Sleep Study Report Interpretation

This field of sleep disorders and treatment can be overwhelming. It is our goal to provide you with the knowledge and resources to make it simple.

Many times patients can get a copy of their sleep study results, but have no idea what to make of the report. This will give you a basic understanding of sleep terminology and what your diagnosis actually means. Use our Sleep Study Report Interpretation guide and videos below to gain a better understanding of your sleep study and your sleep study report.

How To Interpret Sleep Study Results:

Get a copy of your actual sleep study, not the dictated report from the physician, but the actual data from the scored report.

Sleep Architecture is the term used to describe your make-up and progression of sleep stages. In a normal healthy adult you will have 5% Stage 1, 50% Stage 2, 20-25% Stage 3, and 20-25% REM sleep.

It is very likely that if you’ve had a sleep study for suspected Sleep Disordered Breathing, that your percentages are way off. If it’s your first night of using CPAP it is also very likely you have very skewed percentages. (Increased REM is “REM Rebound” since your body is trying to make up a sleep debt)

It is also normal to have very little if any Delta Sleep (or Slow Wave Sleep or Stage 3) if you are 40-50 years of age or older. Young children have 50% or more Delta Sleep that decreases as we age.

Sleep Architecture Terms:

TRT: Total Recording Time. This is the time from when the technician says Good night, Lights Off, to when they come in the turn the Lights On.

TST: Total Sleep Time. The amount of time that you slept (in minutes) in the time between Lights Out to Lights On.

SE: Sleep Efficiency. Total Sleep Time divided by Total Recording Time. It’s just a percentage of sleep for the time that you were given to sleep.

SOL: Sleep Onset Latency. Time from when the Technician said “Good Night/Lights Off” to the first 30 second page of sleep. In simpler terms is the answer to how long it took you to fall asleep.

Arousal: When you wake up. You may or may not be aware of your arousals. They can be caused by breathing anomalies, leg movements, or for no obvious reason (spontaneous)

REM latency: The time it took you to enter REM sleep once you had your first 30 second page (epoch) of sleep. Normal REM latency is 60-90 minutes, though it is normal in the sleep lab setting to have a 120 minute REM latency.

Sleep Disordered Breathing Terms:

OSA: Obstructive Sleep Apnea. When you stop breathing, but the belts around your chest and stomach are still moving. Your stomach and chest moving tells us that your body is trying to breath (respiratory effort or respiratory drive), but there is an obstruction causing the air to not get through. This could be a large tongue, large uvula, excess tissue in upper airway (fat), small airway, or some other reason. These typically result in an arousal (an awakening). An arousal usually results.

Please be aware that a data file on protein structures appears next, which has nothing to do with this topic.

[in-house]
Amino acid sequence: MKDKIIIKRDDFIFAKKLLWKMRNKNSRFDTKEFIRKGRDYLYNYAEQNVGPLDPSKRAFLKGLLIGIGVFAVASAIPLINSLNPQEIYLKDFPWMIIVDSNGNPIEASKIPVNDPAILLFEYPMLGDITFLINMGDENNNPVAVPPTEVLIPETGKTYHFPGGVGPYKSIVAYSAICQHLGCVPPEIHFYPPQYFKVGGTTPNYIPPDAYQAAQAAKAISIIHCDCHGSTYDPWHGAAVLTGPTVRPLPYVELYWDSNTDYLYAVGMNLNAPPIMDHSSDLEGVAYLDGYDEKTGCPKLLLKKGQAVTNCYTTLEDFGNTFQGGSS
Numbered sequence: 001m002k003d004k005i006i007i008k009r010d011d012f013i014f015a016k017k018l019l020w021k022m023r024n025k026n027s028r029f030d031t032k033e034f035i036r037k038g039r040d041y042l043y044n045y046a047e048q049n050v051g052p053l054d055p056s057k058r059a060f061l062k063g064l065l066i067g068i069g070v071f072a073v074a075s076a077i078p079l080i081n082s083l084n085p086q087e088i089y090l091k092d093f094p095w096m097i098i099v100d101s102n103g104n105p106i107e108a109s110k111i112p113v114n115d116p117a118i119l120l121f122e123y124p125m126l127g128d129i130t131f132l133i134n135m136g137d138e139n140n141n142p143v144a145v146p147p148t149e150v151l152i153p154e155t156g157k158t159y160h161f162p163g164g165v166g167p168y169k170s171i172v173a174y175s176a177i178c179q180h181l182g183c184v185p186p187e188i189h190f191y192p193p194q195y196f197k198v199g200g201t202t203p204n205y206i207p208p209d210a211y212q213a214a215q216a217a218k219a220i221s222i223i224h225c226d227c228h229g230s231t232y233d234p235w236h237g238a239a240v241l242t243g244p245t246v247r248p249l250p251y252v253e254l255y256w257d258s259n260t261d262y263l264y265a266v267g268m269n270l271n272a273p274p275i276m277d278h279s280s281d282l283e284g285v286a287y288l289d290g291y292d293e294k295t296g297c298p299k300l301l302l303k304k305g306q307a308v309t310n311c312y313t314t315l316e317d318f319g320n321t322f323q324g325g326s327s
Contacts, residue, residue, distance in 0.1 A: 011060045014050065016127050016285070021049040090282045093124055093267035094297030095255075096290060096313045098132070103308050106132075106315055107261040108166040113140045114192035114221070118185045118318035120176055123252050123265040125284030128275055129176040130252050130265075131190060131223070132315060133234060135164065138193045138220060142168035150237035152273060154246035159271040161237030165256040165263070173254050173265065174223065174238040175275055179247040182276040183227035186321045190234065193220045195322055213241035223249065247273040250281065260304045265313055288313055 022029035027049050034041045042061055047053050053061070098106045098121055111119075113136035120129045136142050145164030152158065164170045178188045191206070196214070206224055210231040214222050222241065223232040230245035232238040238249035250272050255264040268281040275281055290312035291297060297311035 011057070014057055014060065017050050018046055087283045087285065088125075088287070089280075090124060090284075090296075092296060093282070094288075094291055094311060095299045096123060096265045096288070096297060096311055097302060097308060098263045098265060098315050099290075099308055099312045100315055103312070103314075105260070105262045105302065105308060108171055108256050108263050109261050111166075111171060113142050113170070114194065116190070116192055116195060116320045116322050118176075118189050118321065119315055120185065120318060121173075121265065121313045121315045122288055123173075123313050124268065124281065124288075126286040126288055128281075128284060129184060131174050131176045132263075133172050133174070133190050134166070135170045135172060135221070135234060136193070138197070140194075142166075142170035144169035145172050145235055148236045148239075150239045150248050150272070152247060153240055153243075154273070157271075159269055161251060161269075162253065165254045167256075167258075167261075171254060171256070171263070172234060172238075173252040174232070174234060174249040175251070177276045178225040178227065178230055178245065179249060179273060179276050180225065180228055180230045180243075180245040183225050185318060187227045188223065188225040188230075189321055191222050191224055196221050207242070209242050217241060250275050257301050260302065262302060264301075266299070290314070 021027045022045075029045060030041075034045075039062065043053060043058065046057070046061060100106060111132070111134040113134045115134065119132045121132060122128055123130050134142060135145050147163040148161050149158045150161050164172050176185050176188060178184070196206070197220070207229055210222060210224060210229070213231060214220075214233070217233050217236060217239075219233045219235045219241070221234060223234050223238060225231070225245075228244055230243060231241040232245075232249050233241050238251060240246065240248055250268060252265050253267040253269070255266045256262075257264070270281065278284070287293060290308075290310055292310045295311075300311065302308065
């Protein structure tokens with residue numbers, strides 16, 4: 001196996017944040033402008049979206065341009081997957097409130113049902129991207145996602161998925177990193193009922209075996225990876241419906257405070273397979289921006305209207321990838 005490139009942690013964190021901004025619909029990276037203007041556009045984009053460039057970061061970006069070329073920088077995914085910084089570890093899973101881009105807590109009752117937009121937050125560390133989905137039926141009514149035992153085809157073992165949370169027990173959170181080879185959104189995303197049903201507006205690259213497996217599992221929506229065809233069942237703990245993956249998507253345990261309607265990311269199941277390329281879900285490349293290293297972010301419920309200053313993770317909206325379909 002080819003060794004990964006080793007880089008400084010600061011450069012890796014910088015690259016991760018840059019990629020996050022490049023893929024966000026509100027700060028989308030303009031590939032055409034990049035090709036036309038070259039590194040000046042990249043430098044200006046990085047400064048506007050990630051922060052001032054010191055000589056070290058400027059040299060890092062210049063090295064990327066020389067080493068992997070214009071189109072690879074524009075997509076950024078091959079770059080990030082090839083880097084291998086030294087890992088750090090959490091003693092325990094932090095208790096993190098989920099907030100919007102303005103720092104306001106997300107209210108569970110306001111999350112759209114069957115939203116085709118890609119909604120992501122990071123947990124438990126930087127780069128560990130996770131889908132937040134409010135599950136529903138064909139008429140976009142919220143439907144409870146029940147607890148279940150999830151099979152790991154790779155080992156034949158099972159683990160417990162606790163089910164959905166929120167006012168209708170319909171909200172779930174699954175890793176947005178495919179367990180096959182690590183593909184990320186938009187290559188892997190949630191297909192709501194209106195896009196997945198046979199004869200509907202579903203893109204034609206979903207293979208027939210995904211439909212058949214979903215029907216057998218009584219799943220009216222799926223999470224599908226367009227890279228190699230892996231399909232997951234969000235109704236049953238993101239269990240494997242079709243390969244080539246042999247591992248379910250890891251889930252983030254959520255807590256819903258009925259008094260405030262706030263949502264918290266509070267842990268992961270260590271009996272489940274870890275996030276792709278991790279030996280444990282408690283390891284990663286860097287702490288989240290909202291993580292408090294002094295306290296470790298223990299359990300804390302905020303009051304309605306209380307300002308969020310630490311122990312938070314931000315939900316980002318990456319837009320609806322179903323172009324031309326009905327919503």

CSA: Central Sleep Apnea. When you stop breathing, and the belts around your chest and stomach aren’t moving. When your stomach and chest don’t move means that your body isn’t even trying to breathe. There is no respiratory effort. Sometimes seen as Cheyne-Stokes respiration. This is a waxing and waning of all respiratory signals.

MSA: Mixed Sleep Apnea. This is a hybrid of Central and Obstructive Sleep Apnea. There is no breathing, but there is a period where the chest and stomach belts are moving, and a period where they aren’t moving. These are seen as the same as OSA. An arousal usually results.

OSH: Obstructive Sleep Hypopnea. This is when breathing shallows and causes your blood oxygen level to drop 4% or greater. An arousal usually results.

RERAS or UARS: Respiratory Event Related Arousals or Upper Airway Resistance Syndrome. Seen as the same as an Obstructive Hypopnea. These have an oxygen desaturation of 3% or less and MUST result in an arousal.

What does all that stuff mean???? All of these are added up to get:

AHI: Apnea/Hypopnea Index. This is the total number of OSA, OSH, MSA, and CSA (NOT RERAS/UARS) divided by the number of minutes slept. Or you could say that it’s the number of Apneas and Hypopneas that occurred per hour of sleep.

RDI: Respiratory Disturbance Index. Same as above, but you also include RERAS/UARS in the calculation.

Your doctor uses these numbers for their diagnosis. ROUGHLY 10-20 is mild, 20-30 is moderate, and 30 and up is severe.

Hopefully the report breaks down the RDI and AHI when on your back (SUPINE) and in REM versus Non-REM sleep. This helps determine if you’re POSITIONAL or REM SPECIFIC with regards to your Sleep Disordered Breathing.

What other stuff is included in the report?

PLM: Periodic Leg Movement. This is when you see at least 4 leg movements in a 90 second period. Each movement would count as a PLM and they may or may not result in an arousal. They have their own index too!!! PLM Index is the number of PLMs seen per hour of sleep (in minutes).

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